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Josep Figueras (director at the European Observatory on Health Systems and Policies) is the session moderator and he enthusiastically explains to us that the complete session is set up as an extremely interactive one. Only two presentations will be given and throughout the whole session a lot of voting and discussion with the audience will take place. Clearly, the organizers of this session are interested in our opinion. Here is how it works: statements on the matter at hand are presented on a big screen in front of us, and we as a audience are asked to vote for one (or more) of the options. Here is an example of one of the statements that we were asked to express our opinion on:

What are the most important types of choice (choose top three):

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The outcome of this vote led to a debate on the concept of gatekeeping. Both Peter Groenewegen (director at NIVEL in the Netherlands) and Dominique Polton (economist at CNAMTS in France) stated that the concept of gatekeeping can be operationalized in many ways. Ideally, gatekeeping leads to shared decision making as a result of an interactive process in which both the primary health care provider and the patient participate and act like a team. That sounds good, however it requires both parties to develop the necessary knowledge and skills to actually do so. As far as I am concerned, something that is well worth investing in. Given the broad integrative scope that primary care health providers offer, their interaction with patients is crucial since it guides or navigates patients throughout the complex world of hospital care and specialists.

In addition, it is mentioned that the term gatekeeping has a negative connotation. Similar to the goalkeeper in a football team who prevents the opposing team from scoring goals, the term suggests that a gatekeeper is someone who prevents patients from getting access to (specialized) care. In line with the above mentioned operationalization of gatekeeping as a process of shared decision making, primary health care providers should not be labeled as gatekeepers but rather as health brokers, or even better as health coordinators.

It is clear that the interactive set-up of the session created a lot of energy in the audience and provided concrete elements for an interactive debate on various issues. I myself even completely forgot about the rainy weather in the Gastein valley today. In addition, it got me thinking on the following issue: will I be able to team up with my primary health care provider when deemed necessary? I am not completely sure to be honest. Will you be able to do so?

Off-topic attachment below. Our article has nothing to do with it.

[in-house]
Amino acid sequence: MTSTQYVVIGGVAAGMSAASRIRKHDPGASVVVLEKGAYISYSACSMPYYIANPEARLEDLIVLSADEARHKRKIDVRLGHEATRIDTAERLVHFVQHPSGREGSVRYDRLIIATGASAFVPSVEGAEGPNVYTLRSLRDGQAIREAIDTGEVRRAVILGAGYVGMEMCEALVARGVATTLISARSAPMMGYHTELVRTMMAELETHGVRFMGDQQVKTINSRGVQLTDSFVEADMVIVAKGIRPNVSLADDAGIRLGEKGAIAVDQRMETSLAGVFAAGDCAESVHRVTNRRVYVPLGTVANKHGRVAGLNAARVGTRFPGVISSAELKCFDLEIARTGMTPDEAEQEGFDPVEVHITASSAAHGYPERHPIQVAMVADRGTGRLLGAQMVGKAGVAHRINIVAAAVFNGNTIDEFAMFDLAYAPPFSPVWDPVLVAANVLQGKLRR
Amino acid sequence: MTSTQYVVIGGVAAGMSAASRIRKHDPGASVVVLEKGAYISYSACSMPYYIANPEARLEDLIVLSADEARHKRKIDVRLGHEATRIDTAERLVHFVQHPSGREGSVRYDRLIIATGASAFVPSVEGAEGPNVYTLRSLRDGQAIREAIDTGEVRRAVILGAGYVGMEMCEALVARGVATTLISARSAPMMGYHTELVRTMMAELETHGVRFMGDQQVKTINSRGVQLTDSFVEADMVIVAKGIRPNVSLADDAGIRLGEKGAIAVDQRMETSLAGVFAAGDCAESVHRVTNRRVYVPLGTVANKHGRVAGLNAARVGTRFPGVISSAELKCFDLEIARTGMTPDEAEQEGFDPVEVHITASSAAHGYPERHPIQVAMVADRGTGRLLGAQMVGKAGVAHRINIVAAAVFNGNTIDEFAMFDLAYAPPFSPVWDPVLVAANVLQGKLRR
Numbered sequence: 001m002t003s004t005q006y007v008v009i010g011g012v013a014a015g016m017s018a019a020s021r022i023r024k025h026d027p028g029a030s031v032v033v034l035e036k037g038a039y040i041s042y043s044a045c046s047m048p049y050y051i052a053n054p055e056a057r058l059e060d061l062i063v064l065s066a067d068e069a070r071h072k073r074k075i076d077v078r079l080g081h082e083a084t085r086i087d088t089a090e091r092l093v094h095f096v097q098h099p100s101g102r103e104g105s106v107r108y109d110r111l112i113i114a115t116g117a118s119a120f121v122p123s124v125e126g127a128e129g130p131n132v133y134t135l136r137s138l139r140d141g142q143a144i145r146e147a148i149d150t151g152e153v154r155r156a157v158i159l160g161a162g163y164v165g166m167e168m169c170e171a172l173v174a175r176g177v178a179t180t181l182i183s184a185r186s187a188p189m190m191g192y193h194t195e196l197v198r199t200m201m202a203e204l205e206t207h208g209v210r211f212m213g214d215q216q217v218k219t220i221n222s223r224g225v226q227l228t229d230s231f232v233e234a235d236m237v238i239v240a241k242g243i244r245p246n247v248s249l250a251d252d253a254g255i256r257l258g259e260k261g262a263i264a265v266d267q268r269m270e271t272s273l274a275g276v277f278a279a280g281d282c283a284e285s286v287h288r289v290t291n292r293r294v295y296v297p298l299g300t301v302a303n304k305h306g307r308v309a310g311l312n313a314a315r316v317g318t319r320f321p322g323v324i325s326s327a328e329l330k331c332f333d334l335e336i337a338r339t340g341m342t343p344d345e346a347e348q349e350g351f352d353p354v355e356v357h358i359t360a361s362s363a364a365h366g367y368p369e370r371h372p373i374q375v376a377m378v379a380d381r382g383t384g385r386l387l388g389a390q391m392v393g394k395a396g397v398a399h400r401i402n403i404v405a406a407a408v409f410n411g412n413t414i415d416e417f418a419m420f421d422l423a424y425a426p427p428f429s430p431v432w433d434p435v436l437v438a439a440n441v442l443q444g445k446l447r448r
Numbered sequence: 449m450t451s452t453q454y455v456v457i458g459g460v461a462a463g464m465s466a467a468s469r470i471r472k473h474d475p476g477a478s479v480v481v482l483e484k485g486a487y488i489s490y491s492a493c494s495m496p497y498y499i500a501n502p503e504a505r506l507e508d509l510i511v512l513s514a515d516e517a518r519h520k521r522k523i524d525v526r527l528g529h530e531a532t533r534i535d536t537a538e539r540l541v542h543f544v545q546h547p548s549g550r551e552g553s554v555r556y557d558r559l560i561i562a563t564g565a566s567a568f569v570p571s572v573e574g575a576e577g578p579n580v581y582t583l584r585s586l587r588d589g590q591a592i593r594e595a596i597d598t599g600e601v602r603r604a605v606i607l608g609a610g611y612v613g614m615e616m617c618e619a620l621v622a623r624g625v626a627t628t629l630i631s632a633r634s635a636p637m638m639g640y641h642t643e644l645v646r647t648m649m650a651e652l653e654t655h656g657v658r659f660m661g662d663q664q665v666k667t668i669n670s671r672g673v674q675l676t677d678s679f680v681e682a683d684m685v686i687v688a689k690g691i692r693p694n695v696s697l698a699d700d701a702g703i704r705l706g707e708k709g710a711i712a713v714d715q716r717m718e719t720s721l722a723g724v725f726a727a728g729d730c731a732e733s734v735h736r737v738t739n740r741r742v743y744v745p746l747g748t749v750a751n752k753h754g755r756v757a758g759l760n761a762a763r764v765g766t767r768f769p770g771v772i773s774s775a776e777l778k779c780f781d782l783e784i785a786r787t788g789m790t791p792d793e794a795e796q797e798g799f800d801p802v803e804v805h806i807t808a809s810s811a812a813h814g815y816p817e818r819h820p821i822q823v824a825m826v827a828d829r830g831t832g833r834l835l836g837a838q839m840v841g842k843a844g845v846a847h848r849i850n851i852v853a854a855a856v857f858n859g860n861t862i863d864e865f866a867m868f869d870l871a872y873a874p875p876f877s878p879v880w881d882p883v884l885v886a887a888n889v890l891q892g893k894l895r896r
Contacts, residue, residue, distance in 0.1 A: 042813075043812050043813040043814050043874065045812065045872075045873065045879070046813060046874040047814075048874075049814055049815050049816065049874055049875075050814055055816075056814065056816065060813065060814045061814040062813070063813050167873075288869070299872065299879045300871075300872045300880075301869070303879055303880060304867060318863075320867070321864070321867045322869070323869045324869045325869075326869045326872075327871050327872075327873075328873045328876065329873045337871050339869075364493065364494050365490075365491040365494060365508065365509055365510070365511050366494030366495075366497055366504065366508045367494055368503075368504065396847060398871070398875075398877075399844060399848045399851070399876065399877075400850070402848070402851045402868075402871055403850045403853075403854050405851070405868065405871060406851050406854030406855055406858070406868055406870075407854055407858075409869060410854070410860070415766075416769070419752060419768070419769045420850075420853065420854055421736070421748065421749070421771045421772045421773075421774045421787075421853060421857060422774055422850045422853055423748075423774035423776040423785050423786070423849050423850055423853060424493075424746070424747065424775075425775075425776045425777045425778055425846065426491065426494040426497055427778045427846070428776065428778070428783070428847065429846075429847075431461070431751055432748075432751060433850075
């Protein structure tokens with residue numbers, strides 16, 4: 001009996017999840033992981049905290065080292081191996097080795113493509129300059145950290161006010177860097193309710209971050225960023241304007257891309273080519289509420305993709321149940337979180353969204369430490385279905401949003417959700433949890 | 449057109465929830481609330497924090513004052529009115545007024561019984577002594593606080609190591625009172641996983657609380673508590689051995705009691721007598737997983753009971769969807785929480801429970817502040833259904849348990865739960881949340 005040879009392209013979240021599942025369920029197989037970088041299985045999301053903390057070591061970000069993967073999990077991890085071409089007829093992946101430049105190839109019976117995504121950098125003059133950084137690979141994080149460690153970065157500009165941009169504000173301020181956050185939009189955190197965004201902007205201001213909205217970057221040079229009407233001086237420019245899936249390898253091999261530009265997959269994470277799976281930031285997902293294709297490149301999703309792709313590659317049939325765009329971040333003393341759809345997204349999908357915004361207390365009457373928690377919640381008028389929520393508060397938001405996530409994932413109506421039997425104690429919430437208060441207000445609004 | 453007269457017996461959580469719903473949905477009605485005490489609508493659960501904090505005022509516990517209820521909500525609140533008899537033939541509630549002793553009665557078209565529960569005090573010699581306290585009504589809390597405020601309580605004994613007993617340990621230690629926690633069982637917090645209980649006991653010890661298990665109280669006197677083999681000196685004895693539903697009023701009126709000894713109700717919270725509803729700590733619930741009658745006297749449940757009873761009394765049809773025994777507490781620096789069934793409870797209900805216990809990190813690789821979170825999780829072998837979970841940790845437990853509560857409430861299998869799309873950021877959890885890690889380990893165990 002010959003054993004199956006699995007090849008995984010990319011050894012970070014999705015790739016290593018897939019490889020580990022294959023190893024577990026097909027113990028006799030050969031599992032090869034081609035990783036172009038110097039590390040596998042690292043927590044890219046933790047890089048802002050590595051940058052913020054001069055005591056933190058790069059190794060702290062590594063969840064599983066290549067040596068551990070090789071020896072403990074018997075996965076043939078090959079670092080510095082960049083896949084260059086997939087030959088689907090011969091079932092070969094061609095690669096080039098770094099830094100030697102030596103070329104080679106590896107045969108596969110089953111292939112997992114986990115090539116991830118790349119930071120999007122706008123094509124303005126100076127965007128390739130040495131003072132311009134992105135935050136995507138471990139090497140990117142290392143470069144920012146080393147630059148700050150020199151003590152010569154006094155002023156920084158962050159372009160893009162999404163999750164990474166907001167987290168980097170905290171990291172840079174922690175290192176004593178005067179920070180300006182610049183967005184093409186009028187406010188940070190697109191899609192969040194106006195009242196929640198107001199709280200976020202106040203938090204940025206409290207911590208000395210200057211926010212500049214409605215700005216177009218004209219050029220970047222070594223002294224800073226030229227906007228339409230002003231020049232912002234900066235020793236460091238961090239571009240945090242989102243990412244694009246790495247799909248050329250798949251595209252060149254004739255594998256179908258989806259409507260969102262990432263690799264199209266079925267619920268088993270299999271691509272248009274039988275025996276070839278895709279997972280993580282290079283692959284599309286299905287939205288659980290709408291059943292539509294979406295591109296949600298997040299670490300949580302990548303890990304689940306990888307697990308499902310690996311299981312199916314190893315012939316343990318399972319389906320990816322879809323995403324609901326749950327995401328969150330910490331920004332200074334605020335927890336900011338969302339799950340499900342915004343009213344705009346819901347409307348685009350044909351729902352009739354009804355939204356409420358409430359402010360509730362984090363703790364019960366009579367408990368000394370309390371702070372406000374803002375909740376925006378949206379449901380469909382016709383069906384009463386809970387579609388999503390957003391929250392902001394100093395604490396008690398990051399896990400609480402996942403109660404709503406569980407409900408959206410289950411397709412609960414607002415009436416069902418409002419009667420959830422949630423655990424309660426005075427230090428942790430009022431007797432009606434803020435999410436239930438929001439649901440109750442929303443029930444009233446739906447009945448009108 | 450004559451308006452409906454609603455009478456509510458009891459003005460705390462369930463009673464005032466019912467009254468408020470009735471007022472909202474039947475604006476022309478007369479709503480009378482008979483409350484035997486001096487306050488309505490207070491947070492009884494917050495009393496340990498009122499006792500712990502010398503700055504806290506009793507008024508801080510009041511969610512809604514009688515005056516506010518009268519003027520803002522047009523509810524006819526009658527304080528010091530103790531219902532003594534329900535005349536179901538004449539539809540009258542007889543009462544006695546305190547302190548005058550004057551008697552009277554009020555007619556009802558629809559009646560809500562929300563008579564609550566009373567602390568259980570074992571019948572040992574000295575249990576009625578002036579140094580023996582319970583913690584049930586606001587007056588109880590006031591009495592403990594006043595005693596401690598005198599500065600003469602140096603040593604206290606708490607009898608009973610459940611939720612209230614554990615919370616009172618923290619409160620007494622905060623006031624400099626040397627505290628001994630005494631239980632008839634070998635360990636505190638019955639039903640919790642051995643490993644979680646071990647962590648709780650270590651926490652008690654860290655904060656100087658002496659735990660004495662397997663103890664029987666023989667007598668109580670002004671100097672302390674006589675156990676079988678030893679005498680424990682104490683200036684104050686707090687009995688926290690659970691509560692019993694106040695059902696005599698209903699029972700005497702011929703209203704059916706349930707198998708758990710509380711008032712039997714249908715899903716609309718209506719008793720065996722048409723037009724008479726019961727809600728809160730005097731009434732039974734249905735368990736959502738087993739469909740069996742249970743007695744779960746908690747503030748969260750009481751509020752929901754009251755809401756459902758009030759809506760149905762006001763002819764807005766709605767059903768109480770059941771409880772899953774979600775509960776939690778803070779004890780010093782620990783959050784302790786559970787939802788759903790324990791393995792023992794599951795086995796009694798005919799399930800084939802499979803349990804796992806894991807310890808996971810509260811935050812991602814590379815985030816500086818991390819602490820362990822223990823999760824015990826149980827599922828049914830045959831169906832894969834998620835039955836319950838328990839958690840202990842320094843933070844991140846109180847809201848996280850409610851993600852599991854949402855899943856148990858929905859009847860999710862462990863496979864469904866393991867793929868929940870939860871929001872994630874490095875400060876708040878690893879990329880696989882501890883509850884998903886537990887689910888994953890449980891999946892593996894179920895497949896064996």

Jochen Mikolajczak, Young Gasteiner

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What’s new at the EHFG?

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Dear participants, friends and colleagues,
A warm welcome to you on behalf of the EHFG team! We have an exciting year behind us during which we have worked together with our Board and Advisory Committee on developing the Forum further – a big thank you to all of the members of these two main EHFG bodies.

We continue to make small improvements building on the solid basis of the last 17 years, the fundamental elements of which have helped the Forum develop into the successful conference that it is today. The steps we have taken are based on your feedback and on discussions with colleagues. Please continue to let us know what you think and give us feedback on further steps you would like us to take.

Programme:
As announced last year, we are looking to develop the content further and introduce
new topics, new partners and formats, while relying on our long-term partners, like the DG for Health and Consumers from the European Commission and the Austrian Federal Ministry of Health who have contributed to making the EHFG what it is now.
An important step was to allow for one of our pillars, civil society, to be represented more visibly and independently by introducing a competition to win a free-of-fee NGO workshop slot. Eight NGOs submitted proposals and we are happy to announce that the Platform for International Cooperation on Undocumented Migrants (PICUM) was selected to organise a workshop on “Undocumented migrants”. Congratulations! Other important players who have been underrepresented in previous years are social health insurance institutions, so we are proud to announce the first workshop organised jointly by institutions from Austria, Germany, Belgium, France and the Netherlands in cooperation with the European Observatory on Health Systems and Policies.